I confess, I rarely read my camera manuals unless there’s something specific I need to know. For instance, I knew that you could change the default output picture style on a Nikon DSLR – everyone knows that, right? – and I knew that you could adjust those default styles. But then I had never taken the next step of going down 1 spot further on the menu to discover an action that said ‘Load’ and I had never gone one page further down in the styles menu to discover the 9 C – Custom – slots.

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TMAX Picture Control

When I bought my mirrorless camera I had to decide between going Fujifilm or Olympus. Sony wasn’t the option then that it would have been now. I went with Fuji primarily because, all other things being relatively equal, they have these fantastic film emulations – Velvia, Provia, Neopan and Classic Chrome – which groups of colour scientists labour to produce in the Fuji labs. And they’re very good. Yes, I know that there are a ton of emulations out there, including the very excellent VSCO and superb Nik Silver Efex, both of which I use, but there is something about being able to produce the adjusted shot straight out of the camera without having to go through editing that appeals to me.

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Niagara Falls – TMAX Picture Control

Every day I read photography news and sites such as Petapixel, Light Stalking, The Phoblographer, 35mmc, Emulsive, just to name a few. And it was on one of these that I discovered Nikon Picture Control and custom, yes custom, picture controls for my Nikons. Now I can shoot my TMAX, Velvia or Portra straight out of the camera by loading a control into a custom slot and shooting with it. And of course, you probably realise this but I’ll say it anyway, these controls affect only the JPG. If you’re shooting RAW+JPG then you will still have the RAW file to process as you wish._D617459-editedx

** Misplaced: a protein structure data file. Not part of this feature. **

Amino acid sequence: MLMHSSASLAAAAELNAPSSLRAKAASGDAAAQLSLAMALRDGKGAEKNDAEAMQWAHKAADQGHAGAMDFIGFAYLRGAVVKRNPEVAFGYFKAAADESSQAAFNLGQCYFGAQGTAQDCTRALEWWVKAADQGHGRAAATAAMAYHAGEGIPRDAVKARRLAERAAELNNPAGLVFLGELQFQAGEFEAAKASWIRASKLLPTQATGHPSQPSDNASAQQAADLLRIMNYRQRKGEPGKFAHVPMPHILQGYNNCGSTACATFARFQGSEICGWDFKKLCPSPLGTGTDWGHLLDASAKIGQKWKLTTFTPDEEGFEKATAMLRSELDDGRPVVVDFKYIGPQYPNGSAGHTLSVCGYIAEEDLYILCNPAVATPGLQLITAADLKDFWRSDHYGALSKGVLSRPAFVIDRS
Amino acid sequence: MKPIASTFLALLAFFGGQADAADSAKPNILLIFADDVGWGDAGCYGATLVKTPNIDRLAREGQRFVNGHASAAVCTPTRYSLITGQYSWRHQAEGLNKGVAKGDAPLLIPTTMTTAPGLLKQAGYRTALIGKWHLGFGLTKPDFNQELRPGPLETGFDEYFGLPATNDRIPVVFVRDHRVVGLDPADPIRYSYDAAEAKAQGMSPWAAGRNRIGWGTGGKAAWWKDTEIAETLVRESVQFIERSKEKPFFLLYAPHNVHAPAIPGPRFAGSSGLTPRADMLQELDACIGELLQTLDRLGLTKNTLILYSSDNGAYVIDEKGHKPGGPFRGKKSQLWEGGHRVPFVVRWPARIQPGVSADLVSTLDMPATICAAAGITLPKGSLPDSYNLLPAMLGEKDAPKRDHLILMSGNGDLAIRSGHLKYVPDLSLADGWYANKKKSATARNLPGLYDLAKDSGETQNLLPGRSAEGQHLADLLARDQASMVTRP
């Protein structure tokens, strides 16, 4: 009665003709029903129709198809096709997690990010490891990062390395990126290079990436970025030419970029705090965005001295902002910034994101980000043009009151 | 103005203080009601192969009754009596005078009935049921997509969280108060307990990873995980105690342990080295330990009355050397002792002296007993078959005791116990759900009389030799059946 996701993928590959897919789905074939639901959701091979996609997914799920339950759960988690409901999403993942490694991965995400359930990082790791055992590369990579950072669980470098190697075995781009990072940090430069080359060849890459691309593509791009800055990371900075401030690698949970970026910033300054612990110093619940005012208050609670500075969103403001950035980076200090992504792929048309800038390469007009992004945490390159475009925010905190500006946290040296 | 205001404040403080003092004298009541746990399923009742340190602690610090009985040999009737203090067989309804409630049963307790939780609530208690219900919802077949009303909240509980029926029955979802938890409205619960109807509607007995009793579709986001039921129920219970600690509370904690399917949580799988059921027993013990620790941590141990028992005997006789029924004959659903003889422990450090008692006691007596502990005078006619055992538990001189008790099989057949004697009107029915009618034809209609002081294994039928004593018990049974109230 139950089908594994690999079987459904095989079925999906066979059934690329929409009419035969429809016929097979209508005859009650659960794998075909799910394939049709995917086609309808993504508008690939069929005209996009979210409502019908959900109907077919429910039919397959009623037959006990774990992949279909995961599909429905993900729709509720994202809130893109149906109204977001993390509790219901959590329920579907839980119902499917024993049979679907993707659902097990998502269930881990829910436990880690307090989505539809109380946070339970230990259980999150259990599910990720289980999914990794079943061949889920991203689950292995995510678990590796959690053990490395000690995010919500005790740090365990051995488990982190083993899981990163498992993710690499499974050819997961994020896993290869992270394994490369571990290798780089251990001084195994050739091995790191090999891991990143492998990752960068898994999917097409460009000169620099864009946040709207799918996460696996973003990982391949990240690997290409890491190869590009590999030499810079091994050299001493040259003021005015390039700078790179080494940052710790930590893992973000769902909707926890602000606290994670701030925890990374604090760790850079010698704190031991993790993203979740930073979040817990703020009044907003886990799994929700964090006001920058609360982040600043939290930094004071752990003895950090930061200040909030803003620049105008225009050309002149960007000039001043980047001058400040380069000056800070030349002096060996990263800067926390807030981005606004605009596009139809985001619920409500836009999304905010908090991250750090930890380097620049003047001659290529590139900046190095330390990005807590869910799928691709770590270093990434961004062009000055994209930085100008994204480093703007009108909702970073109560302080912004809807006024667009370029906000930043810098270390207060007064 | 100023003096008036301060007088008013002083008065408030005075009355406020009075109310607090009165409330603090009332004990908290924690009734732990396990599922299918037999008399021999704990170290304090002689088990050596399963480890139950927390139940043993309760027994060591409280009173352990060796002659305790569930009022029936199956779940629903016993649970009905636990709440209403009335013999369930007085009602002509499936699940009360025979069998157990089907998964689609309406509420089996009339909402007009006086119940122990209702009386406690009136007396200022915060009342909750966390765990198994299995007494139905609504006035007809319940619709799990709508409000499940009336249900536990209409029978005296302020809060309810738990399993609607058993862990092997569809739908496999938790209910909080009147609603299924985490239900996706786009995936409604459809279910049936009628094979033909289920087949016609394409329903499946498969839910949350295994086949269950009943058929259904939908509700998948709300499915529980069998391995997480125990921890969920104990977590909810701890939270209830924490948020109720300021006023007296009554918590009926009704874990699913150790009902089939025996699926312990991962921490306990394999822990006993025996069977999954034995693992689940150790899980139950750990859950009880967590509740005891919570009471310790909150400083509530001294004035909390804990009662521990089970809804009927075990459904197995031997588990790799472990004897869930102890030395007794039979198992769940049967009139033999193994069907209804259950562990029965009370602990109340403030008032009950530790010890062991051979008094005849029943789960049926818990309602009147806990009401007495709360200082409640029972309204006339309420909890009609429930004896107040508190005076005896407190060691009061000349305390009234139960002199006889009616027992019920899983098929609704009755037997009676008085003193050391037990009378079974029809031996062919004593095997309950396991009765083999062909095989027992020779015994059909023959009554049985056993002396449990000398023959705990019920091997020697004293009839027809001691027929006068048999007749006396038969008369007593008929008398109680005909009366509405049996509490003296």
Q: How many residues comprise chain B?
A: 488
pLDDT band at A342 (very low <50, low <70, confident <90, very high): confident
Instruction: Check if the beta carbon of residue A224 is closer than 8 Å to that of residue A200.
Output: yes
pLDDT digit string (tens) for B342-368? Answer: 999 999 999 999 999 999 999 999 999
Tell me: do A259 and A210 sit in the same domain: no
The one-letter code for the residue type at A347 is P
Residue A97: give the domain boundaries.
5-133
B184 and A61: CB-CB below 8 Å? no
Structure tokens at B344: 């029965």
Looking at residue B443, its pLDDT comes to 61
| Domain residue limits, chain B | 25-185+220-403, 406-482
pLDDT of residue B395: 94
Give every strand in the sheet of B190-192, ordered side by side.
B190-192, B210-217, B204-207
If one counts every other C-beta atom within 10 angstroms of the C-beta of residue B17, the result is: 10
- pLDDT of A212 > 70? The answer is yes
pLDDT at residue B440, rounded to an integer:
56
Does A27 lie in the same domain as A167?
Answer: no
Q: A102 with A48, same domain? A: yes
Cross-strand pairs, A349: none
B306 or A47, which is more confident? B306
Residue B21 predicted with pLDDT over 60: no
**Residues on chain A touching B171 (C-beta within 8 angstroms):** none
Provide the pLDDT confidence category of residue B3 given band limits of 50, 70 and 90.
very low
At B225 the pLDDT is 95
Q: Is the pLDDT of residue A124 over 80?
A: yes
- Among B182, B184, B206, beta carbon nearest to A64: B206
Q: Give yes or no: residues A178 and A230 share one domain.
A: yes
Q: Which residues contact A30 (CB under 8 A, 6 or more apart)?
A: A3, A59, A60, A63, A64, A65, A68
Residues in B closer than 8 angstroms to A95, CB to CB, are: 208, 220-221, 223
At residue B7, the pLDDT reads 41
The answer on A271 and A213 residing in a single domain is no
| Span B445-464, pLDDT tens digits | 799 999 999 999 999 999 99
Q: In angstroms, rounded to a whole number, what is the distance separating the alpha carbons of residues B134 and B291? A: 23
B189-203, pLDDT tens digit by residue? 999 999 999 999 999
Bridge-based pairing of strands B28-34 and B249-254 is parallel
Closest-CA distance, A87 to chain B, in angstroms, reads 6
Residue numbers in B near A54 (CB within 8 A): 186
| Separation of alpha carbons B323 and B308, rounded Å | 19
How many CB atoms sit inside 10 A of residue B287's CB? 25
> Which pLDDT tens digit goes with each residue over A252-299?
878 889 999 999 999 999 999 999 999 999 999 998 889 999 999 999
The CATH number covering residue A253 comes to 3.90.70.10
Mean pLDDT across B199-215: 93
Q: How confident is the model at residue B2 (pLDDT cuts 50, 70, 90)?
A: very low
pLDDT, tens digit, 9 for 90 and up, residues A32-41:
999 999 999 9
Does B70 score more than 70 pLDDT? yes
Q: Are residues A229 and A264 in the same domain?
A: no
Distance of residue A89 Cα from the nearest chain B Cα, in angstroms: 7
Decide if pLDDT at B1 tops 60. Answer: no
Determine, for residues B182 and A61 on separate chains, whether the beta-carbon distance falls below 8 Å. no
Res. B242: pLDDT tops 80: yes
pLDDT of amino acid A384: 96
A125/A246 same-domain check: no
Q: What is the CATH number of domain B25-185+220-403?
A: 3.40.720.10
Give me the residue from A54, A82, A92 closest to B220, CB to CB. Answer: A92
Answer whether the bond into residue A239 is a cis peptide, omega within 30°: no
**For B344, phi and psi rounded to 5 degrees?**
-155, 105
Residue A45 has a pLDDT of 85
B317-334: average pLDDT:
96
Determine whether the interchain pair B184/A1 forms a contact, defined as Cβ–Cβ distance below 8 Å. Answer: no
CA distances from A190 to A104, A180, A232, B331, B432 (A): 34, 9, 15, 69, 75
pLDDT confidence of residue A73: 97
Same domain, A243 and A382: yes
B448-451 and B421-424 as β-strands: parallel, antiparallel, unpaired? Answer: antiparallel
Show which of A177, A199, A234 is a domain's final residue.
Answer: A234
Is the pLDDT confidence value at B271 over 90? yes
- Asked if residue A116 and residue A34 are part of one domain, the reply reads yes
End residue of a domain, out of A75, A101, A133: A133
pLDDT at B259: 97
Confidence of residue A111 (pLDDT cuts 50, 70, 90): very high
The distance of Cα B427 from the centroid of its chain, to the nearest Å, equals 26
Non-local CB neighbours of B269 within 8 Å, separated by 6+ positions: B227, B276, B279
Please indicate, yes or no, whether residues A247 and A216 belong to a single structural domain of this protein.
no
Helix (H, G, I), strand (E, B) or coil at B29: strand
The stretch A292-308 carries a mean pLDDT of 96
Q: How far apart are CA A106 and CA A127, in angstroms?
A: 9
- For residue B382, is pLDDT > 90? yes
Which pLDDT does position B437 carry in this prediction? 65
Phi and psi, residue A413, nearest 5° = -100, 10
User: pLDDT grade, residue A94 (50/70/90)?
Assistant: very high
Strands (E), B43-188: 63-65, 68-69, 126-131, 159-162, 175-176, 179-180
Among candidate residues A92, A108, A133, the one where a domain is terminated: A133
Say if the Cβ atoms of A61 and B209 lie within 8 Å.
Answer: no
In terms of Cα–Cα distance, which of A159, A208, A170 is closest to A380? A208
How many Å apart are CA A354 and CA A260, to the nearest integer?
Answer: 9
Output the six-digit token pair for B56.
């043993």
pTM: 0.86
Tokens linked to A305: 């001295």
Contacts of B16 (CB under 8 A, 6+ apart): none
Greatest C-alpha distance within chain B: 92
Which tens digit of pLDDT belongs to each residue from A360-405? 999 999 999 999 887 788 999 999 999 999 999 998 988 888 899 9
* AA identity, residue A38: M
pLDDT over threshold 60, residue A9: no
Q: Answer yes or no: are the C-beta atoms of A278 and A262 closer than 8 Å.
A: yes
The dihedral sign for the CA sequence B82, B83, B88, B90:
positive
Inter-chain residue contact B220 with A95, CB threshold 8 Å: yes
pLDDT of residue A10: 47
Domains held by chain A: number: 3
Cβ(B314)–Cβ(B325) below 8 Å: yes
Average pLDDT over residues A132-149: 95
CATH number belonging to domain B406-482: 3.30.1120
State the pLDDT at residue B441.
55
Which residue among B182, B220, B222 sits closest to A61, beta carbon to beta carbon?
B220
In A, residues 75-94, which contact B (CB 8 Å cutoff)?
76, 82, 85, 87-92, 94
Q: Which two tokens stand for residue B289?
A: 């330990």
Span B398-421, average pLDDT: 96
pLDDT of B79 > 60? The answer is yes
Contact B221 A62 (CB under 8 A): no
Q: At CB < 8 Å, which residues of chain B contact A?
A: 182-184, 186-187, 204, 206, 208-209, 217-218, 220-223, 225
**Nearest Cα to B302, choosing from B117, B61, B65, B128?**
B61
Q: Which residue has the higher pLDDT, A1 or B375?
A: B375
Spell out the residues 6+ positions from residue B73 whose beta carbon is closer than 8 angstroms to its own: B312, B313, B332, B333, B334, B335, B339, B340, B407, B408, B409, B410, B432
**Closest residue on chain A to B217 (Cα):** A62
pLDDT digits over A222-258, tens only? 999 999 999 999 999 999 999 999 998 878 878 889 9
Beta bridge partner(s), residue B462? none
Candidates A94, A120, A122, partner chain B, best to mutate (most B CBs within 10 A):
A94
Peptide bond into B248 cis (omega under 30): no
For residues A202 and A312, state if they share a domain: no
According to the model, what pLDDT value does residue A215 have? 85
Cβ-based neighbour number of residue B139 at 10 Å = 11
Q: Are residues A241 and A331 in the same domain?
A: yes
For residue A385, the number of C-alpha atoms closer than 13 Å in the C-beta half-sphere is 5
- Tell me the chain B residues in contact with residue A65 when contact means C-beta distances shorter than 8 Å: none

Now I don’t know if these controls are anywhere nearly as accurate as the emulations produced by VSCO or the Fujifilm scientists, and I don’t know how often I’ll use them. But to have up to 9 on camera and a possible 99 on an SD card immediately accessible opens up a range of possibilities for in-camera shooting and reducing the amount of time spent editing later, and I’m all for that.

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A quick note on how I load these control files.
1. Format a normal SD card in my camera
2. Create the following path at the top level of the card NIKON/CUSTOMPC
3. Go to the Nikon Picture Control site
4. Download the controls I want from the NPC website
5. Load them into the CUSTOMPC folder
6. Load the SD card and go to the Manage Picture Control menu option on the camera
7. Select Load/Save then Load from Camera
8. Store the control in one of the 9 custom slots
9. Select the control and shoot.
10. That’s it.

The pictures above were all taken on a Nikon D610 with the Kodak TMAX picture control. I subsequently edited them slightly in Nik Silver Efex to add a little grain as straight out of the camera the images were a little too clean for the look I wanted.

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